Why Ukrainians are painting giant murals on Nairobi buildings
For three days, a host of street artists from Kenya and Ukraine have been creating giant murals in Nairobi of Kenyan and Ukrainian flag colours in a show of solidarity against the Russian invasion.
Titled ‘‘The Wall’’, the project began a few weeks ago in Nairobi and was to continue until February 24 to coincide with the first anniversary of the Russia-Ukraine war.
Kenya was represented in the project by Moha Grafix and Eliamin Ink. Moha is known for his ingenious matatu graffiti while Ink is a tattooist and a street artist.
Together with Alina Konyk, Nikita Kravtsov and Andrii Kovtun, the group is creating “Grains of Culture” that is set to push the horizons of the relationship between the two countries.
“Grains of Culture” is an intersection between Ukrainian and Kenyan art that features coffee and wheat, two of the primary export products between the two countries.
Russia invaded Ukraine on February 24, 2022, and has been shelling parts of the country into ghost cities for a year.
The war has left more than 200,000 soldiers from both sides either dead or wounded, according to the New York Times.
There have also been civilian casualties, with more than 8,000 non-combatants dying since last year, according to data from the Office of the United Nations High Commissioner for Human Rights (OHCHR).
The deadly war – and Europe’s first since World War II – has also disrupted global supply chains for grain, oil and machinery that the two antagonists export to the world.
In Kenya, The Wall is facilitated jointly by the Ukrainian Embassy, City Hall and Phoenix House.
The mural has been created on Phoenix House, a multi-storey property along Muindi Bingu Street.
This is the final of five murals that have also been painted in the European cultural cities of Vienna, Berlin, Marseille and Brussels.
Kenya is the first African country to host the mural.
According to the organisers, The Wall symbolises resistance, stability and armour that shields “civilisation from war.”
The project has seen Ukrainian artists such as Nikita Kravtsov and Andrii Kovtun perform in Nairobi.
Another notable name is Ukrainian electronic music duo Tvorchi who will represent their home country in the Eurovision Song Contest later this year.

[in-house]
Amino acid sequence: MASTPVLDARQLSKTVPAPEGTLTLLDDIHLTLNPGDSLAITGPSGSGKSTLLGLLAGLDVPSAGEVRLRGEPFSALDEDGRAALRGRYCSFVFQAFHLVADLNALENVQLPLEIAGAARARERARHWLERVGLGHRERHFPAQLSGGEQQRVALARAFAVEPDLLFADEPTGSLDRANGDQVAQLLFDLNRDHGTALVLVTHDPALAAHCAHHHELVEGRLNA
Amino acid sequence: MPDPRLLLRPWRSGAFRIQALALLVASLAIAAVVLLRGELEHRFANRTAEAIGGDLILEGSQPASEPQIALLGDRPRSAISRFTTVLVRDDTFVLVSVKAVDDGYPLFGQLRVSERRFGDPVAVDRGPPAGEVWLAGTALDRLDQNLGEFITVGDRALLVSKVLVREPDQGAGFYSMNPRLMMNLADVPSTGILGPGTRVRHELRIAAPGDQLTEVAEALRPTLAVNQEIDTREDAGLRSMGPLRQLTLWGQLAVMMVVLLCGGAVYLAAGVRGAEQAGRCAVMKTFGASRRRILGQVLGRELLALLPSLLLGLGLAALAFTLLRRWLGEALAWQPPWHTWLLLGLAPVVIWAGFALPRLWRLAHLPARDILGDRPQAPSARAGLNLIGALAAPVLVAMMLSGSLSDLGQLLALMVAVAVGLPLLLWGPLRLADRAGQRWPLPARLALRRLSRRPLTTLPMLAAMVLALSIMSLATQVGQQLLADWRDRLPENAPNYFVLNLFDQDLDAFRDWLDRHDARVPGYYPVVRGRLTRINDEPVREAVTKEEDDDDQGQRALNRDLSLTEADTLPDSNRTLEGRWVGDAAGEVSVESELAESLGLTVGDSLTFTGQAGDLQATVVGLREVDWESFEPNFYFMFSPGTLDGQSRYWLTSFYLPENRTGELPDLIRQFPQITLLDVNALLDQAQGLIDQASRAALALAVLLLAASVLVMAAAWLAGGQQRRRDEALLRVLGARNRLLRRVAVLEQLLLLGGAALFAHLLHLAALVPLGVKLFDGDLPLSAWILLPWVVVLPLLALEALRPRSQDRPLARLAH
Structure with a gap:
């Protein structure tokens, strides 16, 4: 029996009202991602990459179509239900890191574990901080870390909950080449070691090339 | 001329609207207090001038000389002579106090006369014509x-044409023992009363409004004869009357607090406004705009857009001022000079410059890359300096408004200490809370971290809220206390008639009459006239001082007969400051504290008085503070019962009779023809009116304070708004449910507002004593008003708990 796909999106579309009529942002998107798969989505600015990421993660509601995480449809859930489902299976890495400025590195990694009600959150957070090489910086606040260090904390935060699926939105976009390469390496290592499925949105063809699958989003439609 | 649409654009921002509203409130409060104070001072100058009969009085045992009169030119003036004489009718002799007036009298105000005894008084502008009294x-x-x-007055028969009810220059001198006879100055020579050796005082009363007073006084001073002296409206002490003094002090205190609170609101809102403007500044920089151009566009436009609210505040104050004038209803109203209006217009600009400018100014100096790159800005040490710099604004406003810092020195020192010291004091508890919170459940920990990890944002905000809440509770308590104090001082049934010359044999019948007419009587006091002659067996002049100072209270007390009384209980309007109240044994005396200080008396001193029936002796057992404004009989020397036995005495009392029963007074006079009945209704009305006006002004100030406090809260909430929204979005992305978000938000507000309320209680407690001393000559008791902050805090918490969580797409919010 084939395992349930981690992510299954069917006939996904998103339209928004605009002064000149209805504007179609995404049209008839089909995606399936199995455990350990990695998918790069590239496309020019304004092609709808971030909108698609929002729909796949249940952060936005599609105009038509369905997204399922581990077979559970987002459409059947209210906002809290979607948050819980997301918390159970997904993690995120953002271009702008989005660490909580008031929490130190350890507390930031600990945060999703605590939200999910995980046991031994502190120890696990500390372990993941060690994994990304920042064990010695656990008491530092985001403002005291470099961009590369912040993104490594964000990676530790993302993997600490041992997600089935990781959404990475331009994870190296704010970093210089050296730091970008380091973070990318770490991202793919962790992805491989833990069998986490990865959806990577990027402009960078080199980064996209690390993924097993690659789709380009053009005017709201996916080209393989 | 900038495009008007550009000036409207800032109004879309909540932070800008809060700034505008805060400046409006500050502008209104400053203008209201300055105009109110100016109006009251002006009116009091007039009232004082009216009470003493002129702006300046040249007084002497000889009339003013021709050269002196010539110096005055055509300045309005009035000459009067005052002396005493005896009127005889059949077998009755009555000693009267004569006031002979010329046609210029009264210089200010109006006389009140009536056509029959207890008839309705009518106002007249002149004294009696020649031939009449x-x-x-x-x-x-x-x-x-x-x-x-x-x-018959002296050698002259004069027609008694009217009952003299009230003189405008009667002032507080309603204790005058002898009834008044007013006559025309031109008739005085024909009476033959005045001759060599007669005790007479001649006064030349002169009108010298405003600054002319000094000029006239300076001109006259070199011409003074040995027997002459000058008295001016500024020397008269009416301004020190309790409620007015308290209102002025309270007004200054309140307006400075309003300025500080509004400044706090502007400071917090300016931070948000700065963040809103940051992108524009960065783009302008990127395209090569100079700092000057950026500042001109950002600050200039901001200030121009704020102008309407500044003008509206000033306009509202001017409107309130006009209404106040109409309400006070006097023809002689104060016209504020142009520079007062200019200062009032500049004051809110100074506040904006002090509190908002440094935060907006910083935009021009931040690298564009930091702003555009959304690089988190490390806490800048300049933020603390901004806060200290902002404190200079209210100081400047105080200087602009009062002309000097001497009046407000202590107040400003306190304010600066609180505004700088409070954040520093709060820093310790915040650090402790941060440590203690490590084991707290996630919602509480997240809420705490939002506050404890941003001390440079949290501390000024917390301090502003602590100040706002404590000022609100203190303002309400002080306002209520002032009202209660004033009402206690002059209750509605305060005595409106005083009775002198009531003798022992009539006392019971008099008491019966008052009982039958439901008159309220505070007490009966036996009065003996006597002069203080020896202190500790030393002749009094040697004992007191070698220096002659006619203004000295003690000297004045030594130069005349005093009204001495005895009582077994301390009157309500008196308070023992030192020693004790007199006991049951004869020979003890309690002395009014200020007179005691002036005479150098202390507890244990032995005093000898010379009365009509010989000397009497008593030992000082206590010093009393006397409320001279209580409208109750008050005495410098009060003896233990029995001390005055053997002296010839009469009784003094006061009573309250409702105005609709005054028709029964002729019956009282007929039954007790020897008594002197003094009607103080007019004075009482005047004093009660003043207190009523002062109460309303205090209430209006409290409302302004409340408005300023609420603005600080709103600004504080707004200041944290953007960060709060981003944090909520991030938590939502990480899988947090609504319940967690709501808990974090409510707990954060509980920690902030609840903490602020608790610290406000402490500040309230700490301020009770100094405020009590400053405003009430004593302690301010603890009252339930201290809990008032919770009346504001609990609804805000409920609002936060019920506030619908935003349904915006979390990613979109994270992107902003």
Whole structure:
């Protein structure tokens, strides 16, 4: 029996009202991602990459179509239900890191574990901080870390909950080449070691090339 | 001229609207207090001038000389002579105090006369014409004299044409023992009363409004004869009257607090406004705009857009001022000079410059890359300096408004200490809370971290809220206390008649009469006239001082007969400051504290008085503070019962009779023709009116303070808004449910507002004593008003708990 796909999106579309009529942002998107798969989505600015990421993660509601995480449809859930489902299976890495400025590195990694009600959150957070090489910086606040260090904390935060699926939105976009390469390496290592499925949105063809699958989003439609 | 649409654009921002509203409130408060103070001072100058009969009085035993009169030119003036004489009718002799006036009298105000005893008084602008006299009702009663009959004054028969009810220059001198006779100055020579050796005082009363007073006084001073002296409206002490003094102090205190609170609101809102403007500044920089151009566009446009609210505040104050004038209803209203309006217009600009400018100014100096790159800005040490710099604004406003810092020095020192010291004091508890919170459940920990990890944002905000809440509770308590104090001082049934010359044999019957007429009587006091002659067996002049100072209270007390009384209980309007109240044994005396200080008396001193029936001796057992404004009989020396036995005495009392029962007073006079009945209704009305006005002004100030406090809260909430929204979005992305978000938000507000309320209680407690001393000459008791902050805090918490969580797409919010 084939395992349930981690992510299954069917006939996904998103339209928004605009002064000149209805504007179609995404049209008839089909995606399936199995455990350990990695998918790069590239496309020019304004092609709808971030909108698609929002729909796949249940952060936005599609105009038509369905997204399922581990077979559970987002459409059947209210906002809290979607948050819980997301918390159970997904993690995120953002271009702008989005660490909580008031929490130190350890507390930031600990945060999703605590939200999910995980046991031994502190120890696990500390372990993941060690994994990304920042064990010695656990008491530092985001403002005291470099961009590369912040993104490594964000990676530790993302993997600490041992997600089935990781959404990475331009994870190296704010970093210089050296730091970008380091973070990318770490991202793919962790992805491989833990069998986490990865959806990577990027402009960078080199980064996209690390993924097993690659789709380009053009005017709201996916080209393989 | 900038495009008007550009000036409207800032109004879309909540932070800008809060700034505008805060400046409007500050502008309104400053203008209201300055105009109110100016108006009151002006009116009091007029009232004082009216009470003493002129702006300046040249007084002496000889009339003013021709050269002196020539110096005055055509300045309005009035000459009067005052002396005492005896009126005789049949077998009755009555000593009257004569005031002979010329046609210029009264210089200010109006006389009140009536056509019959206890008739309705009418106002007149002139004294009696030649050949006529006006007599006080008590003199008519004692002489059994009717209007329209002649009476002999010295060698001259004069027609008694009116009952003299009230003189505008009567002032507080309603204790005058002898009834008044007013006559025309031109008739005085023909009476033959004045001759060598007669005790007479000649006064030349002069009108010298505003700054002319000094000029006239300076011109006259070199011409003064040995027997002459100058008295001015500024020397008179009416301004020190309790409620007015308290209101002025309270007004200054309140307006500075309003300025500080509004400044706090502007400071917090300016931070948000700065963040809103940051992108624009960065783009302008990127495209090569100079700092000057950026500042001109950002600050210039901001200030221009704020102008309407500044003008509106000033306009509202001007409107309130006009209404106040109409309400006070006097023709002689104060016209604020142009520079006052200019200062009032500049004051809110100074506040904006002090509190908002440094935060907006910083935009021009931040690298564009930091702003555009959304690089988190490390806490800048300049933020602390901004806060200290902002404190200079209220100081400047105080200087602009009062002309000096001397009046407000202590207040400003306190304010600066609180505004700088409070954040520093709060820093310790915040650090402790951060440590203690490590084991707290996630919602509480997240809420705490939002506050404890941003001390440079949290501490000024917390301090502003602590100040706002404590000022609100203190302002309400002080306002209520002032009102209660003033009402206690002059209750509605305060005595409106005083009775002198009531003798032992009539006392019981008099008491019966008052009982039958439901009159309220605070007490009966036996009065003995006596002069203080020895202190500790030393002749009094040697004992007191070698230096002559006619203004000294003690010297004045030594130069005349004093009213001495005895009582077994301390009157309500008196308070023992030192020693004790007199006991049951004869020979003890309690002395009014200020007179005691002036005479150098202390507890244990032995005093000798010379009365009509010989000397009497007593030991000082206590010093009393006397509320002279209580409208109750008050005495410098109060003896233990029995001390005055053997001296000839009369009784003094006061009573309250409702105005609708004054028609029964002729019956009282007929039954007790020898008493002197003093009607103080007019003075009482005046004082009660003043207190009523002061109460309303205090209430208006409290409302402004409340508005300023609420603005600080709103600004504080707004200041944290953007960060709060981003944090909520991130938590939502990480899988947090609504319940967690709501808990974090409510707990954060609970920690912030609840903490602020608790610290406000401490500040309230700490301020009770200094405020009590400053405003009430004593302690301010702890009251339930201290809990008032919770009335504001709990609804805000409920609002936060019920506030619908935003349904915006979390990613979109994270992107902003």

“Ukraine is dealing with an external demon. The Wall project allows us to discuss the world’s attitude towards Ukraine,” says Katya Taylor, the chief executive officer of Port and curator of The Wall.
Taylor says Kenya and Ukraine have multiple commonalities, including values, goals and rights, and that the artworks will strengthen the economic and diplomatic resilience of the two countries.
“The murals are our response to Russia’s brutal aggression on the cultural front in the war,” says Emine Dzhaparova, Ukraine’s deputy minister for Foreign Affairs.
Ms Dzhaparova describes the invasion as an affront and an attempt to “destroy and eliminate” Ukrainian identity.”
“Russian invaders have closed Ukrainian schools and imposed their language and history [on our people],” she says.
A matatu decoration workshop will also be organised as part of the project that is being carried out in collaboration with the Ministry of Foreign Affairs, Usaid, Ukrainian Institute and House of Europe.
Other partners are UN-Women, Unicef and Crimean Platform.
Since the beginning of the war a year ago, Ukraine has been reaching out to its global partners for support.
When Russia invaded Ukraine last year, Kenya was among the countries that condemned the move.
“Kenya is gravely concerned by the announcement made by the Russian Federation to recognise Donetsk and Luhansk regions of Ukraine as independent states. In our considered view, this action and announcement breach the territorial integrity of Ukraine,” Ambassador Martin Kimani, Kenya’s Permanent Representative to the United Nation’s Security Council said in February last year.